sums him up as egocentric, vain, reckless, eccentric and unreliable, with a marked talent for blame-shifting. The other two members of McLynns quartet of commanders were much more left field. MajorGeneral Orde Wingate was a British artillery officer who evolved a new theory of long-range penetration warfare, and with Prime Minister Winston Churchills blessing had put it to the test in 1943. His force was known as Chindits and although the operation suffered huge casualties of the 3,000 men who carried out the operation, only 2,182 came back it had demonstrated that the Japanese could be fought on their own terms in Burma. The Chindits were a huge propaganda success, so much so that a second larger operation was planned for the spring of 1944. The trouble with Wingate was that he revealed himself as a flawed genius, part inspired visionary, part crackpot and wholly a megalomaniac who believed that compromise was the work of the devil. McLynn does a first-rate job in getting under the skin of this troubled and troubling enfant terrible while acknowledging that his death in a plane crash in March 1944 means Wingates ultimate reputation is difficult to assess. He is equally good on Wingates spiritual opposite number in the US army General Joseph Stillwell. Nicknamed Vinegar Joe, he loathed most British officers, disparaging them and doubting their military credentials. However, unlike those on the receiving end who were equally dismissive of the acerbic and short-sighted US general, McLynn insists Stillwell played a vital and unheralded role in keeping the Chinese onside. The war in Burma was eventually settled at the battles of Imphal and Kohima and for all the armies, including the Japanese, it had been a hard and bruising experience. But for what? McLynn argues it was probably very little and hes not far wrong. Within two years India had achieved independence, Pakistan had come into being and Burma had begun the long march to the military dictatorship it is today. Trevor Royles biography of Orde Wingate will be republished by Frontline Books later this summer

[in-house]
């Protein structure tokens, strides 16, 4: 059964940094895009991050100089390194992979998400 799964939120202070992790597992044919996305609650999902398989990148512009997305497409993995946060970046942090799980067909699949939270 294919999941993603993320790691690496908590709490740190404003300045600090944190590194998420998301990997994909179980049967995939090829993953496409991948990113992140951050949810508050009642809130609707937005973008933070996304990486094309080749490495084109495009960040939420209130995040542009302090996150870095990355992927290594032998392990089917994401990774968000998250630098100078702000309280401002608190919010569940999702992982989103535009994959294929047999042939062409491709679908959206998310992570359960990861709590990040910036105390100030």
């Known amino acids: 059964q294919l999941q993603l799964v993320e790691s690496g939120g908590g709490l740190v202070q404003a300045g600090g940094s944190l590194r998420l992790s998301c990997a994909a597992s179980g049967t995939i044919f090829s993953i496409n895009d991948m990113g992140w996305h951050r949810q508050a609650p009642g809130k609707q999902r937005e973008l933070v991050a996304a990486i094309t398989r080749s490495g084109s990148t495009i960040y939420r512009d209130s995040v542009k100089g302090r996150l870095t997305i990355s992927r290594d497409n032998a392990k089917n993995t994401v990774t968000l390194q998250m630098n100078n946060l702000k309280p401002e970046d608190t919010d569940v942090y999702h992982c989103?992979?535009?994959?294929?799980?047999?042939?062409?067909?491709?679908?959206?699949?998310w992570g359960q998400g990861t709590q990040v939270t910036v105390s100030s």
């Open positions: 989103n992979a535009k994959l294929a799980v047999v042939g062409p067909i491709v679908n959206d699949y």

This book, in essence a quadruple biography, tells the story of the four larger-than-life Allied commanders whose lives collided in the Burma campaign, one of the most punishing and protracted military adventures of World War II. Ranging from 1942, when the British suffered the greatest defeat in the history of the Empire, through the crucial battles of Imphal and Kohima ("the Stalingrad of the East"), and on to ultimate victory in 1945, this account is vivid, brutal, and enthralling.